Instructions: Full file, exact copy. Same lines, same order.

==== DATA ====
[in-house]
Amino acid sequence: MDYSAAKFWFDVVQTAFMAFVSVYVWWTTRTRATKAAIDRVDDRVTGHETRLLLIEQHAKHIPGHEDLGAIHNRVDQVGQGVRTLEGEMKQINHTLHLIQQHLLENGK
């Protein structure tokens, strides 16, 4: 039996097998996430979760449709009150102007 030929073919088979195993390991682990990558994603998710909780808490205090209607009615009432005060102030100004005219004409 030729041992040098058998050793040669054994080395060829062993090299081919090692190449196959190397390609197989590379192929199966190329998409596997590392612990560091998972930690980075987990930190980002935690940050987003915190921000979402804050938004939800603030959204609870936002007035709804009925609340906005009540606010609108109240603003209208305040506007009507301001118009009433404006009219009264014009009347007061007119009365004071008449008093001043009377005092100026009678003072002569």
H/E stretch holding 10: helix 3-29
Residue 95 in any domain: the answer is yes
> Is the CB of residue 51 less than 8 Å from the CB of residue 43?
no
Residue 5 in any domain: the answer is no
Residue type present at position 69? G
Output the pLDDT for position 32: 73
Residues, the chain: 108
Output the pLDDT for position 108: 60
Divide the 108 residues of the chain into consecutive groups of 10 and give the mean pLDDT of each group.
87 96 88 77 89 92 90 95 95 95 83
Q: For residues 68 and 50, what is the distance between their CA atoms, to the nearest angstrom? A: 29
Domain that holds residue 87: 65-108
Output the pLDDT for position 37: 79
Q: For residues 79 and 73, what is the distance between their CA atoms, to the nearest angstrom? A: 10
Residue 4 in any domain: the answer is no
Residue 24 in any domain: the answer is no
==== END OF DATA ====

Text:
[in-house]
Amino acid sequence: MDYSAAKFWFDVVQTAFMAFVSVYVWWTTRTRATKAAIDRVDDRVTGHETRLLLIEQHAKHIPGHEDLGAIHNRVDQVGQGVRTLEGEMKQINHTLHLIQQHLLENGK
């Protein structure tokens, strides 16, 4: 039996097998996430979760449709009150102007 030929073919088979195993390991682990990558994603998710909780808490205090209607009615009432005060102030100004005219004409 030729041992040098058998050793040669054994080395060829062993090299081919090692190449196959190397390609197989590379192929199966190329998409596997590392612990560091998972930690980075987990930190980002935690940050987003915190921000979402804050938004939800603030959204609870936002007035709804009925609340906005009540606010609108109240603003209208305040506007009507301001118009009433404006009219009264014009009347007061007119009365004071008449008093001043009377005092100026009678003072002569």
H/E stretch holding 10: helix 3-29
Residue 95 in any domain: the answer is yes
> Is the CB of residue 51 less than 8 Å from the CB of residue 43?
no
Residue 5 in any domain: the answer is no
Residue type present at position 69? G
Output the pLDDT for position 32: 73
Residues, the chain: 108
Output the pLDDT for position 108: 60
Divide the 108 residues of the chain into consecutive groups of 10 and give the mean pLDDT of each group.
87 96 88 77 89 92 90 95 95 95 83
Q: For residues 68 and 50, what is the distance between their CA atoms, to the nearest angstrom? A: 29
Domain that holds residue 87: 65-108
Output the pLDDT for position 37: 79
Q: For residues 79 and 73, what is the distance between their CA atoms, to the nearest angstrom? A: 10
Residue 4 in any domain: the answer is no
Residue 24 in any domain: the answer is no